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Learning Objects for Java (Overview)

Module by: Mordechai (Moti) Ben-Ari. E-mail the author

Summary: This module gives an overview of the learning objects in this collection and instructions for installing and using them.

Overview:

Learning objects (LOs) are small, self-contained, reusable resources for learning. The advantages of LOs include: flexibility of use (students can choose to work with LOs at their convenience) and adaptability (students can choose to work only with those LOs that address topics they find difficult).

This collection contains five modules, each with about ten LOs for the topic of the module: control structures, arrays, methods, constructors, inheritance.

The LOs in this collection are designed for use with the Jeliot system for animating introductory programs in Java.

A learning object consists of text and Java programs. Each LO is independent, so if you know the needed background material you can go directly to any LO. For each topic, a table is given that lists the LOs, the associated source files, and the “prerequisites” for each LO. The prerequisites are the number of the LO that introduces concepts that are assumed; however, there is no need to actually work through the LOs in sequence.

The text for each LO starts with a description of the concept being presented and an overview of the example program. It is followed by a bulleted list for each program that describes what to observe as you step through the program with Jeliot. The text for the LO ends with a programming exercise.

Installation:

Before you begin, download and install Jeliot from the link given in the sidebar. Download the zip files with the source code for each of the LOs. There is a zip file associated with each module that contains the source files for the LOs for its topic; in addition, there is a zip file learning-objects.zip with the source files for all the LOs in the collection.

Tips for using Jeliot:

  • The LOs have been tested with Jeliot Version 3.7.1; please ensure that you are not using earlier versions.
  • Copy the source file directories to a clean directory so that if you make changes you will not modify the original files. Run Jeliot and open the source file for the LO you want to work with.
  • Learn how to use Jeliot before studying the LOs. In particular, learn how to use Step, Pause, Play, and Rewind to control the animation.
  • Select Animation / Run Until... (ctrl-T) and enter a line number to begin the animation at that line. This is very useful in two situations:
    • when you are animating a program several times and wish to skip over the initialization or other parts of the code;
    • when you wish to examine the final state after the last line of the main method: enter the line number of the closing brace of the main method.
  • Select Options / Show History View to enable storing of each step of the animation; these can be viewed by selecting the History tab on the right-hand side of the display. Enabling the history may slow Jeliot down, especially for large programs.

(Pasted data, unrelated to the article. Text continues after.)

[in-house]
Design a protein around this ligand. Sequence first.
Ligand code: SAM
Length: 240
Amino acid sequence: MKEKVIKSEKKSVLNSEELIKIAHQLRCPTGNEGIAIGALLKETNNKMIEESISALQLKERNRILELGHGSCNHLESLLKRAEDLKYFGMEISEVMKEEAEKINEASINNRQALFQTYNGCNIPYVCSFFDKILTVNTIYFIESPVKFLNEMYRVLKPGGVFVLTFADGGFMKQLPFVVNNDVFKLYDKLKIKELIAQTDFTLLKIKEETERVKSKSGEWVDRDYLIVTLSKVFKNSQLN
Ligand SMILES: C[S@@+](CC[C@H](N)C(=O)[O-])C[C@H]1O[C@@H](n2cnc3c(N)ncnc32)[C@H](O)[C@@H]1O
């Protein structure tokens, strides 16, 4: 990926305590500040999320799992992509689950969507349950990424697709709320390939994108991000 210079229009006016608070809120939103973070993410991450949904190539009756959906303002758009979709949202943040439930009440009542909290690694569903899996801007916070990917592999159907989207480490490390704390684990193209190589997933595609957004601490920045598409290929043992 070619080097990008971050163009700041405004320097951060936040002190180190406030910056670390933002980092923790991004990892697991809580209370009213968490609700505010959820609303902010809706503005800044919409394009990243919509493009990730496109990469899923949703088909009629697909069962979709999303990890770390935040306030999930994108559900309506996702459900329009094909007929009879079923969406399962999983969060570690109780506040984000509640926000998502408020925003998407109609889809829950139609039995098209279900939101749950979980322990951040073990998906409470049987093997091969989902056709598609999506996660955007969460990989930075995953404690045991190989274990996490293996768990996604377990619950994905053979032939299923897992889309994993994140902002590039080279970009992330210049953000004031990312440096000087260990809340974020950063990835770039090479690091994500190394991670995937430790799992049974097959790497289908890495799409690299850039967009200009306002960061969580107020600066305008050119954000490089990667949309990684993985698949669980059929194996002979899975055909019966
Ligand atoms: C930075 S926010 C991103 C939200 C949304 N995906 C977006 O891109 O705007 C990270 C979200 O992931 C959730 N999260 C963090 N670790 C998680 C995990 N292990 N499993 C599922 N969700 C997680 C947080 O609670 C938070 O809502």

• The programs in the LOs use standard Java with two exceptions that simplify the animations:
    • None of the programs use the parameter of the main method. Since Jeliot accepts Java programs without the formal parameter definition String[] args, the parameter has been commented-out in the programs. You can remove the comments to compile the programs with a Java compiler. If you wish to run Jeliot with the parameter, you can select Options / Use Null Parameter to Call Main to skip over the animation of the parameter.
    • Two of the LOs on control structures use the input statement: input = Input.nextInt(). To compile these programs with standard Java, add the following declaration to the main method:
      	java.util.Scanner Input = new java.util.Scanner(System.in);
      

Acknowledgements:

I would like to thank Niko Myller and Andrés Moreno for modifying Jeliot to accomodate the LOs, and Ronit Ben-Bassat Levy for suggestions for improving the LOs.

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Definition of a lens

Lenses

A lens is a custom view of the content in the repository. You can think of it as a fancy kind of list that will let you see content through the eyes of organizations and people you trust.

What is in a lens?

Lens makers point to materials (modules and collections), creating a guide that includes their own comments and descriptive tags about the content.

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Any individual member, a community, or a respected organization.

What are tags? tag icon

Tags are descriptors added by lens makers to help label content, attaching a vocabulary that is meaningful in the context of the lens.

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